multiple staff members at each institution where he was
assaulted, regarding the treatment he received at those other
institutions. [Id. at 2-3 of 39.] He also asks the
Court to appoint a deposition officer for Plaintiff's
depositions, order service of Plaintiff's deposition
notices by publication, and order a stenographer to schedule
the depositions. [Id. at p. 4 of 39.]
has not shown good cause to compel the depositions of
Defendants or conduct more than ten depositions. Defendants
Williams and Sanchez have not received notices of deposition,
as required by Fed.R.Civ.P. 30(b), but represent that if
notice is timely served, and if the notices comply with the
Federal Rules of Civil Procedure, they will appear for
deposition. [Doc. No. 58, p. 2 of 3.] Plaintiff has
not shown why Fed.R.Civ.P. 30(a)(2)(A)(i)'s ten
deposition limit is inadequate for the needs of his case.
Although he says he intends to depose wardens and staff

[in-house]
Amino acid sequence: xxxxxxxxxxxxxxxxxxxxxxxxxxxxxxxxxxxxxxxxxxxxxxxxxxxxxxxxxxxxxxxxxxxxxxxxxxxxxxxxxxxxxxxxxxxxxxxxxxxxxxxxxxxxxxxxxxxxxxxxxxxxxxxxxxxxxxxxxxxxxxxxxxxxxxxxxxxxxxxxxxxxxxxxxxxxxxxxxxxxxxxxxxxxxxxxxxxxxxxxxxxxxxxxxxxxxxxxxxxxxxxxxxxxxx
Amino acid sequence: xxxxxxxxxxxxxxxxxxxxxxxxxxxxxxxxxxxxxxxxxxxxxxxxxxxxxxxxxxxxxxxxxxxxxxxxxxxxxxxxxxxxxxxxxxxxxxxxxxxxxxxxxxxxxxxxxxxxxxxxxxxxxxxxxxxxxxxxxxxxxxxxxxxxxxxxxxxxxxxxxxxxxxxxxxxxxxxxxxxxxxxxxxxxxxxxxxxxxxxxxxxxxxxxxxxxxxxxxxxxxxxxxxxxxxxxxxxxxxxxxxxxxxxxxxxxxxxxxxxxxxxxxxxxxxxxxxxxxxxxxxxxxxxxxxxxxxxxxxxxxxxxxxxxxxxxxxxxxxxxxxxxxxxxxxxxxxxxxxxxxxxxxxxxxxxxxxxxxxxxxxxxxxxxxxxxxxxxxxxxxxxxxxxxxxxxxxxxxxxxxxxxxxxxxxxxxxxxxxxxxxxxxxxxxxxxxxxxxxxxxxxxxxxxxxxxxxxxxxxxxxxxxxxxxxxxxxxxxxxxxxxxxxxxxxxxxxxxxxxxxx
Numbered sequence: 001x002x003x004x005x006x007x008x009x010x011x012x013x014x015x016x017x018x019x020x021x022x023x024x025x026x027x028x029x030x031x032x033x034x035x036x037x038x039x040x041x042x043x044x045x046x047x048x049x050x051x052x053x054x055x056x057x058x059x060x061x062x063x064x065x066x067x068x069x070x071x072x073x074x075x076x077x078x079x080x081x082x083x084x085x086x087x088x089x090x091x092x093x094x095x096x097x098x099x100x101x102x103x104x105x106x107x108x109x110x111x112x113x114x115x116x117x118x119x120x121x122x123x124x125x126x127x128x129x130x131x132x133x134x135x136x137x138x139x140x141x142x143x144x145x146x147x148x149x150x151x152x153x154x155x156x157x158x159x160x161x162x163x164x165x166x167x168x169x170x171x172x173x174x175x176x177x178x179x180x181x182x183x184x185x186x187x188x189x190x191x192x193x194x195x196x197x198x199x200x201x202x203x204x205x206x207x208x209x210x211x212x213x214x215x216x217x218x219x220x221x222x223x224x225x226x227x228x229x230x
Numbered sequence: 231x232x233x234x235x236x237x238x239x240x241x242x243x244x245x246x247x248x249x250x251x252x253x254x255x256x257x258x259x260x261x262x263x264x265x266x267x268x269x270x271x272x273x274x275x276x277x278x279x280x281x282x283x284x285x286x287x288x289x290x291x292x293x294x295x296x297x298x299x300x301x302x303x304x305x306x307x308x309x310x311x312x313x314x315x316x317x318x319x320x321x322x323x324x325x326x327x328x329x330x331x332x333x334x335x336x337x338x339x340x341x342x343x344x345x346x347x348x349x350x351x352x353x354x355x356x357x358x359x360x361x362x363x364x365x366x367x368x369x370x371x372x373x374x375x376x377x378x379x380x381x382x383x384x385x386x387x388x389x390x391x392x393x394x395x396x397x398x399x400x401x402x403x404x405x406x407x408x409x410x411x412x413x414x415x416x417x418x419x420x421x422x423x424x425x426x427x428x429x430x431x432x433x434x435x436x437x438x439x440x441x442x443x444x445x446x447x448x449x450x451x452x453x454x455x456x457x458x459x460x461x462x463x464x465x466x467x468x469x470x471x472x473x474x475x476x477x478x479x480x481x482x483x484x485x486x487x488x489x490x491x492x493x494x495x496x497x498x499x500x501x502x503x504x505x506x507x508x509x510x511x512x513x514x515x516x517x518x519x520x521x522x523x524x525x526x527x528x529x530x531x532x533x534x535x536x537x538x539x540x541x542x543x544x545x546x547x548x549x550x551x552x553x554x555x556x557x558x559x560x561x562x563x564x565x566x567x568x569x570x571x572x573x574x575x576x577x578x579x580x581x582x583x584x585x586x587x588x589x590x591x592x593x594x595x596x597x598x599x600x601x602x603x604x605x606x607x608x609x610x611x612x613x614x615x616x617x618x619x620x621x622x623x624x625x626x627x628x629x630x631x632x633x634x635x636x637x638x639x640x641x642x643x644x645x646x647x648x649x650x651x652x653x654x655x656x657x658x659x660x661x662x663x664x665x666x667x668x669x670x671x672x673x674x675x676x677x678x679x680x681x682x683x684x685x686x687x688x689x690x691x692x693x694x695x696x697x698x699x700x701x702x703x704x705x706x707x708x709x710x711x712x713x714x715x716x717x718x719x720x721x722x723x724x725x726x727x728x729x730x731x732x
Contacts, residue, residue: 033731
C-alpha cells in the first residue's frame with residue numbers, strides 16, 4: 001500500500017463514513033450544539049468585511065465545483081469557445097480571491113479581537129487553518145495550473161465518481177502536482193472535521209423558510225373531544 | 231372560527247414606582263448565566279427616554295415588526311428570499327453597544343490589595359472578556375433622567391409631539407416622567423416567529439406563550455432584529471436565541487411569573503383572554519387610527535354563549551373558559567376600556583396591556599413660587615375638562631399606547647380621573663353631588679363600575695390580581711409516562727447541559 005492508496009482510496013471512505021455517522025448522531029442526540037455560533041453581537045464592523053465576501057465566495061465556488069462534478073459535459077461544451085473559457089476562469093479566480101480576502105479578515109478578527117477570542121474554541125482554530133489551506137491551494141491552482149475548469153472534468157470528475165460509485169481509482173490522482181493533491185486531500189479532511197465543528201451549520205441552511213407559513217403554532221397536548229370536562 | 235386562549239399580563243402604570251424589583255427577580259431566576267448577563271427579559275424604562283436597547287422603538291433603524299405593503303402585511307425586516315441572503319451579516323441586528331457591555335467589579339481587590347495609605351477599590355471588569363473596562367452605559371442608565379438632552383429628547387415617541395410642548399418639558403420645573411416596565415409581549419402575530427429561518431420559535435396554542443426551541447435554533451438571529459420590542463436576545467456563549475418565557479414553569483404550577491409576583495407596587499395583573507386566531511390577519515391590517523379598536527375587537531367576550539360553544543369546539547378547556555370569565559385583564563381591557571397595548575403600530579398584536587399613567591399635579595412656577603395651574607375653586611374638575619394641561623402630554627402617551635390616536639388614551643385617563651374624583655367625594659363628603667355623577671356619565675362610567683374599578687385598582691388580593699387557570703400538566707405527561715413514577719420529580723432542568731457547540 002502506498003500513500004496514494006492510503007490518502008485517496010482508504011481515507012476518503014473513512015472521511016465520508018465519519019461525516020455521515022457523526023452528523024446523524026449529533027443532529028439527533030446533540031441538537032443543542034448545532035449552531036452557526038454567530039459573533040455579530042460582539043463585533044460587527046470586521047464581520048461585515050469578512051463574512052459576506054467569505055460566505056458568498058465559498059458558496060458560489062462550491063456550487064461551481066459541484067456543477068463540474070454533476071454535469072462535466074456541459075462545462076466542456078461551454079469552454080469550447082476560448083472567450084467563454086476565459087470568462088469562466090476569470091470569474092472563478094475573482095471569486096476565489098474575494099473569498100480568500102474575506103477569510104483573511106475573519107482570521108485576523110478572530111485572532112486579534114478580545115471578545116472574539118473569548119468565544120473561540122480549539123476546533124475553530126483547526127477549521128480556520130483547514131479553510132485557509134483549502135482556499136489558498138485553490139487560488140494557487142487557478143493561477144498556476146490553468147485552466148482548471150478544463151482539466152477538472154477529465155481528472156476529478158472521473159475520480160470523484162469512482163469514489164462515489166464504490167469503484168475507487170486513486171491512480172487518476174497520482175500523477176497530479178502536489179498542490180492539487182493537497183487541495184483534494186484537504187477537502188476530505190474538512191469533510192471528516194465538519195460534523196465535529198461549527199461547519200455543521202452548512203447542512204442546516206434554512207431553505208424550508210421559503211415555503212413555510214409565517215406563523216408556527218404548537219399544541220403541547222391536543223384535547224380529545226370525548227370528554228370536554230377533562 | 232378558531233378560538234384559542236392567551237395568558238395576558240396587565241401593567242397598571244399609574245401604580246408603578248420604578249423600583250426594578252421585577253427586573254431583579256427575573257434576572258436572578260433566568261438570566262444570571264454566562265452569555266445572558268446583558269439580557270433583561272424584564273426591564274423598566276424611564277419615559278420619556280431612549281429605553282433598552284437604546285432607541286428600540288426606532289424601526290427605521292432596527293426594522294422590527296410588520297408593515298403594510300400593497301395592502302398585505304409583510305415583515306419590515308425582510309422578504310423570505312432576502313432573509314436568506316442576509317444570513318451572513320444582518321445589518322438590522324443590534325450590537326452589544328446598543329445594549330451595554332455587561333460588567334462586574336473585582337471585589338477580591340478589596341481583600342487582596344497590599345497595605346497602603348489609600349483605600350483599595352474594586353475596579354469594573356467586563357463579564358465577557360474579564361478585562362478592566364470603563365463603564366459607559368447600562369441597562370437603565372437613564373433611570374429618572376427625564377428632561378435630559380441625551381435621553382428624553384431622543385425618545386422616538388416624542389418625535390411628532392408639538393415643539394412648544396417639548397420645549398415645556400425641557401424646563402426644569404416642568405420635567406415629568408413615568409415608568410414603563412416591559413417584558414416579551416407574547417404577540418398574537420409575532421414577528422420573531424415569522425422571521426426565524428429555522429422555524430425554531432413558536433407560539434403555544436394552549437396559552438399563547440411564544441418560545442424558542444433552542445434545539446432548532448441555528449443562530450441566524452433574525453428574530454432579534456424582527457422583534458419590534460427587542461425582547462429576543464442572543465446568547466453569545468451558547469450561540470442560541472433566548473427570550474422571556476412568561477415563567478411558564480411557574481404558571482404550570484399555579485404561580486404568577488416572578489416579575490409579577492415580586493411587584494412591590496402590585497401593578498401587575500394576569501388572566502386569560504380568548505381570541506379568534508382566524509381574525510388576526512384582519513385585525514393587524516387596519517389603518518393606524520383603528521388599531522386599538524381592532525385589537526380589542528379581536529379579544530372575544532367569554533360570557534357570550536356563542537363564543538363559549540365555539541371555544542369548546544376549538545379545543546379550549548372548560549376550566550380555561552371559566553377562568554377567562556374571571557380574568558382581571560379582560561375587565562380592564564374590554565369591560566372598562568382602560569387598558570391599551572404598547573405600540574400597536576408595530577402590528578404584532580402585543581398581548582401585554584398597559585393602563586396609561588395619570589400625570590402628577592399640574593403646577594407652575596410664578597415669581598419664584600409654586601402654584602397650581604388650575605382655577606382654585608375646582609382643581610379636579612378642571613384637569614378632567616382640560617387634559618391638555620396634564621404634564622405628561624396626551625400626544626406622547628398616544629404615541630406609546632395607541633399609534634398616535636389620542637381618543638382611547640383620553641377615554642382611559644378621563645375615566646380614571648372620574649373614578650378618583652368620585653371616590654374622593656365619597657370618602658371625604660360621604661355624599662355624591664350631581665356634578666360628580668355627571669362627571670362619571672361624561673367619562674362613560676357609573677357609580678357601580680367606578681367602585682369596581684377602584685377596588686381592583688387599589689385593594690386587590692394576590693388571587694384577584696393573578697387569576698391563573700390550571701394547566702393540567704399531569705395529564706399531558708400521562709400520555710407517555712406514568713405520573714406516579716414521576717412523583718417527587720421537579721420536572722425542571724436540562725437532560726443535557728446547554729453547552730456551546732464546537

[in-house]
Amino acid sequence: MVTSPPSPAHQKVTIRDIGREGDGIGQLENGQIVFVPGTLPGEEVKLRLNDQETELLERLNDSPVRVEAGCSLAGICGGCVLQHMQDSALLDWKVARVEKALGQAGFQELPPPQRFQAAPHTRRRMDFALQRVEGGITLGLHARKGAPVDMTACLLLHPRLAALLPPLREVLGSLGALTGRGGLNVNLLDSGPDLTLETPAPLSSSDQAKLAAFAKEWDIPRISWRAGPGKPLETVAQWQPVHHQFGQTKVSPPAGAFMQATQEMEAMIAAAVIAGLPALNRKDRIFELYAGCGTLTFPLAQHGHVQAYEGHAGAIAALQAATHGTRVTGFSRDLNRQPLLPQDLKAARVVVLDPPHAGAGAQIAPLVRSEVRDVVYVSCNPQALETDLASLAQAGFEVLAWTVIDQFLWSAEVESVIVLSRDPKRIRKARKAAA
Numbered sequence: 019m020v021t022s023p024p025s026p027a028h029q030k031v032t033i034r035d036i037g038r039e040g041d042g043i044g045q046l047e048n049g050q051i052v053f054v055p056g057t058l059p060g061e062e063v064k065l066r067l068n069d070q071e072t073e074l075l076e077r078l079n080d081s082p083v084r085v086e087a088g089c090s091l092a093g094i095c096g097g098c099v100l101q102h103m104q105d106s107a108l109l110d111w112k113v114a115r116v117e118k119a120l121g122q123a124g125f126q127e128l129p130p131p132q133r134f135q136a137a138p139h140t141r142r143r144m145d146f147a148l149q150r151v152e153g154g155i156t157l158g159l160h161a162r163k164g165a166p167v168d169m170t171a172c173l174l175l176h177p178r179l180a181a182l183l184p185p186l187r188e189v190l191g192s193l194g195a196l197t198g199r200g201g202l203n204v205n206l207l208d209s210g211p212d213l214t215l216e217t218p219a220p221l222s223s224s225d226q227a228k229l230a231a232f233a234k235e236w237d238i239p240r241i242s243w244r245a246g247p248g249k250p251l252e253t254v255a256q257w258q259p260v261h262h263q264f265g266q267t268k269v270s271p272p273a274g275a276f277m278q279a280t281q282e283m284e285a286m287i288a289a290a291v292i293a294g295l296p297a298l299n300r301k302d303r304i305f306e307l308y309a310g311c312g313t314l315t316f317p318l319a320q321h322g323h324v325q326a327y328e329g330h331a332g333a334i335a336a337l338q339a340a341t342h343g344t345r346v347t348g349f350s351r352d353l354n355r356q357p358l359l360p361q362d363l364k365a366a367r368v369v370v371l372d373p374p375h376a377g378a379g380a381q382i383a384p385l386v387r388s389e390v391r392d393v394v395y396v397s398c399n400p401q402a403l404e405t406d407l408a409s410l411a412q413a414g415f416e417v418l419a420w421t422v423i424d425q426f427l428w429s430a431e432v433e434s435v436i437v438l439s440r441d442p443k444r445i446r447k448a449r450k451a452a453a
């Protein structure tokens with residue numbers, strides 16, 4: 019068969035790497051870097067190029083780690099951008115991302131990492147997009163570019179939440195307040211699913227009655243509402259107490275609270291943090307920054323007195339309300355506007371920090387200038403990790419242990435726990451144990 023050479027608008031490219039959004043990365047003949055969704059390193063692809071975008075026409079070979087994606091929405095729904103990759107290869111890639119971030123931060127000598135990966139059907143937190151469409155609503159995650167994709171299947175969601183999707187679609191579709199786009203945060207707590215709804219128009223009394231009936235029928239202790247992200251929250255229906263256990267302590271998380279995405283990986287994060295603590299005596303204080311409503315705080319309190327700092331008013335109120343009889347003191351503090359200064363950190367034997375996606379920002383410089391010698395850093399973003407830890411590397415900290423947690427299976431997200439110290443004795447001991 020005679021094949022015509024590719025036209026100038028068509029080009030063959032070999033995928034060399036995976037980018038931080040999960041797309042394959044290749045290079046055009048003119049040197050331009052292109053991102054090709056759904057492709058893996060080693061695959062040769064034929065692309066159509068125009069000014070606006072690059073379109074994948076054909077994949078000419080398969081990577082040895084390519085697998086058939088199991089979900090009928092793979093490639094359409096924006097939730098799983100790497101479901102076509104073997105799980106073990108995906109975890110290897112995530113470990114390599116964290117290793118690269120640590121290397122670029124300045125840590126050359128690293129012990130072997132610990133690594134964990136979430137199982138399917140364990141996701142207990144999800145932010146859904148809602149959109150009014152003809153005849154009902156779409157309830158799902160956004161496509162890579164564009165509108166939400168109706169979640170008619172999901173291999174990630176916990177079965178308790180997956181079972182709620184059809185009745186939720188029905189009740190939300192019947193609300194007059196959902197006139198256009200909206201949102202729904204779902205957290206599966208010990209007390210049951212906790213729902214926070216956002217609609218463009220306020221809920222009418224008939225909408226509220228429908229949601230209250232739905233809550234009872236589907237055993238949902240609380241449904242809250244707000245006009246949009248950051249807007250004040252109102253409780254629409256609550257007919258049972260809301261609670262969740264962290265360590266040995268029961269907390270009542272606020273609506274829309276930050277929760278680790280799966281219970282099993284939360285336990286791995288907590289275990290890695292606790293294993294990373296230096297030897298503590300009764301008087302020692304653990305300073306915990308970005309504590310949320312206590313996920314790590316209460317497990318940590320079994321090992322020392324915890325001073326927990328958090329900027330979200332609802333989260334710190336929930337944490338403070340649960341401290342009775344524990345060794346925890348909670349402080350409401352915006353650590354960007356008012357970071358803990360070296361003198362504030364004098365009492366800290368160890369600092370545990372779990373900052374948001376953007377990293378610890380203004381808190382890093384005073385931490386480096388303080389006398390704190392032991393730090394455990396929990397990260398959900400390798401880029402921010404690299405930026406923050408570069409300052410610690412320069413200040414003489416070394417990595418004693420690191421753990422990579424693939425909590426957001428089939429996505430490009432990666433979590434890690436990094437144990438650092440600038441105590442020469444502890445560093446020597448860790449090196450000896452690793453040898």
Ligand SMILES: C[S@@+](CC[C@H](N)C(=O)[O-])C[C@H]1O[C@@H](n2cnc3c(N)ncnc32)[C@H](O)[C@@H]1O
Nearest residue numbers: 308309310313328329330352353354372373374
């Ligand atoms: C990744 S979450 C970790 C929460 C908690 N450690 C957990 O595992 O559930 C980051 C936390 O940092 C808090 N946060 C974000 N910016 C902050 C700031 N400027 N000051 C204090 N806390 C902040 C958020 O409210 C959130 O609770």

members of other prisons regarding his treatment at those
institutions, it is unclear how any such testimony would help
him prove his case against Defendants Williams and
with respect to Plaintiff's request the Court appoint
others to assist with scheduling and taking any depositions,
it is not the role of the Court to conduct discovery on a
party's behalf. If Plaintiff seeks to conduct a
deposition he will be responsible for arranging the presence
of an officer authorized to administer oaths by the laws of
the United States, as required by Fed.R.Civ.P. 28(a), and a
means of recording the testimony either by sound,
sound-and-visual, or stenographic means. See Fed.R.Civ.P.
30(b)(3). Plaintiff will also be responsible for these and
any other costs related to any deposition(s) he takes.
See Tedder v. Odel, 890 F.2d 210, ...